Forgoing questions and instead surveying his surroundings, he swept his calculating gaze around the area, noting the blobs of color. They were everywhere, the floor, the sky, and the unending horizon; they were also, he noted in surprise, a crimson red that he’d only seen two times before. The first had been with Lucca, the second, just recently, with Lana. Chancing a glance at Lana, affirming that indeed it was her younger self-image, she also appeared to examine the odd scenery.

“Where are we?” Lana asked, of course totally inexperience with time portals, and Janus debated telling her the truth or ignoring the question entirely. That, he noted, would only make things more difficult. She had a knack for wanting to uncover the truth.

“A time portal, or so I guess, but the real question is how we are here.” explained Janus, at last turning fully around to face Lana. He carried the dangerous guise of Magus in his worn leather breastplate, dark leather pants, menacing scythe, and his pointed canine’s that, many thought, made him look more like a vampire, especially when matched with his pale skin.

“How so?” Lana asked as she walked about the area with the pulsing and moving red blobs moving beneath her feet. Her footsteps carried no sound, nor did any attempt at producing sounds, and an eerie wind seemed to howl in the background.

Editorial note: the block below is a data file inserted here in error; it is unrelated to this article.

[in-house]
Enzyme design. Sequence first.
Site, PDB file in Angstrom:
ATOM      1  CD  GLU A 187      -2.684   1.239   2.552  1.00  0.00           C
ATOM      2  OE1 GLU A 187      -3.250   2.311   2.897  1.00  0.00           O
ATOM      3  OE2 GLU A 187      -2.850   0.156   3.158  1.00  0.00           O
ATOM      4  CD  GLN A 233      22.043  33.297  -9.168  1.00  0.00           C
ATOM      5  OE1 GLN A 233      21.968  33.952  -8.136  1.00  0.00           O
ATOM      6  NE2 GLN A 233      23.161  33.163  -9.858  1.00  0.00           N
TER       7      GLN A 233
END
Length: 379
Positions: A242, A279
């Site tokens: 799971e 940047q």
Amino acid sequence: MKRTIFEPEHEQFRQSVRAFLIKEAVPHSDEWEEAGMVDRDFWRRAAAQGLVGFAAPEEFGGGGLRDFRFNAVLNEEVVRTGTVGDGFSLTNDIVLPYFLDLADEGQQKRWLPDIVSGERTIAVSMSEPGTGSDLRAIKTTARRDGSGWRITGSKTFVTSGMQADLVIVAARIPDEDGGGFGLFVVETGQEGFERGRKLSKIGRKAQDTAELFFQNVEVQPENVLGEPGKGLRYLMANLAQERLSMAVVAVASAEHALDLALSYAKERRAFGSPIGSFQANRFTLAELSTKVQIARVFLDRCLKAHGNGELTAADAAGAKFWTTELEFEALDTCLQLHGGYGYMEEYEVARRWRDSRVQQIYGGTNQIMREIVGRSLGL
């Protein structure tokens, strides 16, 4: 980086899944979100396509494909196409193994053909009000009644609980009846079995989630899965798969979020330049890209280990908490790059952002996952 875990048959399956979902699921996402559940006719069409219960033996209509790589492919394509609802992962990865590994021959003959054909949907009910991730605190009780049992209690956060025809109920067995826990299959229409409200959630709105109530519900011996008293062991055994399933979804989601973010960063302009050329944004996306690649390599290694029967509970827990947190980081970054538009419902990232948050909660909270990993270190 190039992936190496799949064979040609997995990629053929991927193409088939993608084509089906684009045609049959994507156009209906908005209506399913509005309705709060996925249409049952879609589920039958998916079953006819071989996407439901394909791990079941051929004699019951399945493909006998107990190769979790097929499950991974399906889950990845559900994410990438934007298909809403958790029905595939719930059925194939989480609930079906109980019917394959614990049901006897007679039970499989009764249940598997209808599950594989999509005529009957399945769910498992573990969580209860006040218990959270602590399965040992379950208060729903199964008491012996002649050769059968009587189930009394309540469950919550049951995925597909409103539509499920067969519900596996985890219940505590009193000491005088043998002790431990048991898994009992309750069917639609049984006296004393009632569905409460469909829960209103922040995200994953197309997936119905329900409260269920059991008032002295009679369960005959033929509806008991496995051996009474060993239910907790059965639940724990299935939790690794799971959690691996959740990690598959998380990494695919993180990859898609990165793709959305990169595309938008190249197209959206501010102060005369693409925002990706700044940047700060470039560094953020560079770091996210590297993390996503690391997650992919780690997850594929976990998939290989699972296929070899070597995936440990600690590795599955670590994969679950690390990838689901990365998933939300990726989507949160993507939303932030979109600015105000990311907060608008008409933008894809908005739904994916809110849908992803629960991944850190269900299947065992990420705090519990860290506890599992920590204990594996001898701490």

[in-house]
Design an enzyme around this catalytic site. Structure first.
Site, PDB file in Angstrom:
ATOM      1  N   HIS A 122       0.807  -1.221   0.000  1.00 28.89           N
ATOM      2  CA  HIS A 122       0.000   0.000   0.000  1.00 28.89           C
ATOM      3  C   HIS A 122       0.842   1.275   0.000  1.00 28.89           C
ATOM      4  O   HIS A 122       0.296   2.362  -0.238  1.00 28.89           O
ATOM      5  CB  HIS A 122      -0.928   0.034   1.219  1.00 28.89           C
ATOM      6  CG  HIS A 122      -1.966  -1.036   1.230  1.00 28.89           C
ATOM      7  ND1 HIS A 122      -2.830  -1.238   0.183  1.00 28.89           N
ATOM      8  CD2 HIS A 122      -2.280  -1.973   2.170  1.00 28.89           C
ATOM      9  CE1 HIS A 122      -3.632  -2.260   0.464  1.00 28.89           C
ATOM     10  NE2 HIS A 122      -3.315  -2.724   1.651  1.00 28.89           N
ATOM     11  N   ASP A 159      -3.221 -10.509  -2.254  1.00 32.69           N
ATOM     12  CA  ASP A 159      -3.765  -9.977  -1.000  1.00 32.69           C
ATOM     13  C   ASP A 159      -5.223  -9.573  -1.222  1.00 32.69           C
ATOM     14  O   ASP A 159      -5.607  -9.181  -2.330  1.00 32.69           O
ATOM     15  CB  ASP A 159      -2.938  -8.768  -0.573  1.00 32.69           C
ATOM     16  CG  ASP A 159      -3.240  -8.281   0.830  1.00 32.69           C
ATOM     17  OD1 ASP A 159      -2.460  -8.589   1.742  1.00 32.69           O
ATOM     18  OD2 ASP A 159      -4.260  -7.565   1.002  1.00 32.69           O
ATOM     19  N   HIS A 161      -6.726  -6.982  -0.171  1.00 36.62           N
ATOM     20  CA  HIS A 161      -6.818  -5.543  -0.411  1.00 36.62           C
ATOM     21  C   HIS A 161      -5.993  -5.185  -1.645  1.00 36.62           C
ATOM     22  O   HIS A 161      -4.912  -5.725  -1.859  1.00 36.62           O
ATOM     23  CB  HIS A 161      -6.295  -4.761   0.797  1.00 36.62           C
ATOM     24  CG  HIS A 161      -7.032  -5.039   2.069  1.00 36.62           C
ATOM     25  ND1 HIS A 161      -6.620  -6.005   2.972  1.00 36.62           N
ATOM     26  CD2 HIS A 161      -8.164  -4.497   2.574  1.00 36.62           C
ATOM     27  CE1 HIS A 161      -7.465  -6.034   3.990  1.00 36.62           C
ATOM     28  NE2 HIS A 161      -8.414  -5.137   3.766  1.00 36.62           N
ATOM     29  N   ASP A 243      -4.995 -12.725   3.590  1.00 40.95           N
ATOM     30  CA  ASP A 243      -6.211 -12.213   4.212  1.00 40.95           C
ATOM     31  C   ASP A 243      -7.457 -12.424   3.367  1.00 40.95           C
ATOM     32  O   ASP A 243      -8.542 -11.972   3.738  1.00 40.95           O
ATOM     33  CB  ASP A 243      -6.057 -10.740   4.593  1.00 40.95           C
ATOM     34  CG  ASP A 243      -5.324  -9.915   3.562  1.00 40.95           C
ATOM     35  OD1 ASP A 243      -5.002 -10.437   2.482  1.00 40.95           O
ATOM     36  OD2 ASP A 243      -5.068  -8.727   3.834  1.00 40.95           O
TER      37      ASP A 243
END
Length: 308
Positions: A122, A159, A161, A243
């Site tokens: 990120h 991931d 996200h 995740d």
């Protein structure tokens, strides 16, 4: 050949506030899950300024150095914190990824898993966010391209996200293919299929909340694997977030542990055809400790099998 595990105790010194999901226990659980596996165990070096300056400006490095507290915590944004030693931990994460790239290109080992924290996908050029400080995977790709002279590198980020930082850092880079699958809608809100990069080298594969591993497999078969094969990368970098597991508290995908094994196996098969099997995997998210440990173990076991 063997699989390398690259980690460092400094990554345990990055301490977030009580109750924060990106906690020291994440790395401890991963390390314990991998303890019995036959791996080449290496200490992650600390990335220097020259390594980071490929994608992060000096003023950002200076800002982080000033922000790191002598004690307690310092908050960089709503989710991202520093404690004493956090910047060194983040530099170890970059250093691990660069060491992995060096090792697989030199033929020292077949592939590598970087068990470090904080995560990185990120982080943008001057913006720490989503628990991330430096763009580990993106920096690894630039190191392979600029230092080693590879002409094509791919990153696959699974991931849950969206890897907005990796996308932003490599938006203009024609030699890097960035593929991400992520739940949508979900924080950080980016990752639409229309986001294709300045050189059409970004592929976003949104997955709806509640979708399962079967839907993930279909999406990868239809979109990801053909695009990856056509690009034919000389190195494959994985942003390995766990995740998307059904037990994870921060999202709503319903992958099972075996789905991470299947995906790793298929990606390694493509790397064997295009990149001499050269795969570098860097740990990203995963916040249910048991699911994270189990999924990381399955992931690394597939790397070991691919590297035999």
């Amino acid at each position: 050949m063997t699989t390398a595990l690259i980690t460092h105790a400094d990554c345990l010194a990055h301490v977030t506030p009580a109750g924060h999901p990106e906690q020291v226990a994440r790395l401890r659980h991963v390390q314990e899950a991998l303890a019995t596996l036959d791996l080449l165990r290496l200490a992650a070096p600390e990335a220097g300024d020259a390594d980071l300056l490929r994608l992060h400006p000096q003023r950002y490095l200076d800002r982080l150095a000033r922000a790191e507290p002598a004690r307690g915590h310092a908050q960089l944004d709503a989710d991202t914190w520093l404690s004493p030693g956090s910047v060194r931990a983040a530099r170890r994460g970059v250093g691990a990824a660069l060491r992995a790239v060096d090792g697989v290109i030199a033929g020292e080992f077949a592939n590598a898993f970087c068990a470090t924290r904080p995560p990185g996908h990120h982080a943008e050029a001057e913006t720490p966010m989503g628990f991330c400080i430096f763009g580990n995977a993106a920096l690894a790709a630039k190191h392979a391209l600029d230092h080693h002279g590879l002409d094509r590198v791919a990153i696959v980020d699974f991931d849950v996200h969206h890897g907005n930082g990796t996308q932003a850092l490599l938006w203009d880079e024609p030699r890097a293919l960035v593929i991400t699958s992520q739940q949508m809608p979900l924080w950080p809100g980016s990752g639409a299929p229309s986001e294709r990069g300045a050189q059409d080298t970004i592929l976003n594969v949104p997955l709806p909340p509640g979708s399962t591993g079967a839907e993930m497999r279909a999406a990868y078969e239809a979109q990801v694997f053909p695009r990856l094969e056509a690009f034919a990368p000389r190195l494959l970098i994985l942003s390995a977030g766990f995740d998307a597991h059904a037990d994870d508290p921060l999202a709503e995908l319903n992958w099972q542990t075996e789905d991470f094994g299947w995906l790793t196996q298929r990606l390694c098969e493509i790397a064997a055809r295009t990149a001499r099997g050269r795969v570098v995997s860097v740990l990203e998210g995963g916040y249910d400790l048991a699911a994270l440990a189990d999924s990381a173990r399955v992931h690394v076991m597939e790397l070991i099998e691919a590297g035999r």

“As you should know from class, Time portals are wormholes that link two points in space and time together so that we may, as it is primitively put, travel through time,” explained Janus “Once a object enters one side of the wormhole it is propelled instantly to the other side, that being the common’s man explanation. It appears we are currently in lingo, stuck between two points of space and time, and somehow you’ve managed to project yourself into this wormhole. Most interesting.”

“If you are stuck in a time portal, then where were you going?” Lana asked the obvious question as Janus mused over the latest happenings in his head.

“Coming to save you and the frog of course.” responded Janus in a duh kind of manner as if it were the stupidest question anyone could ever ask.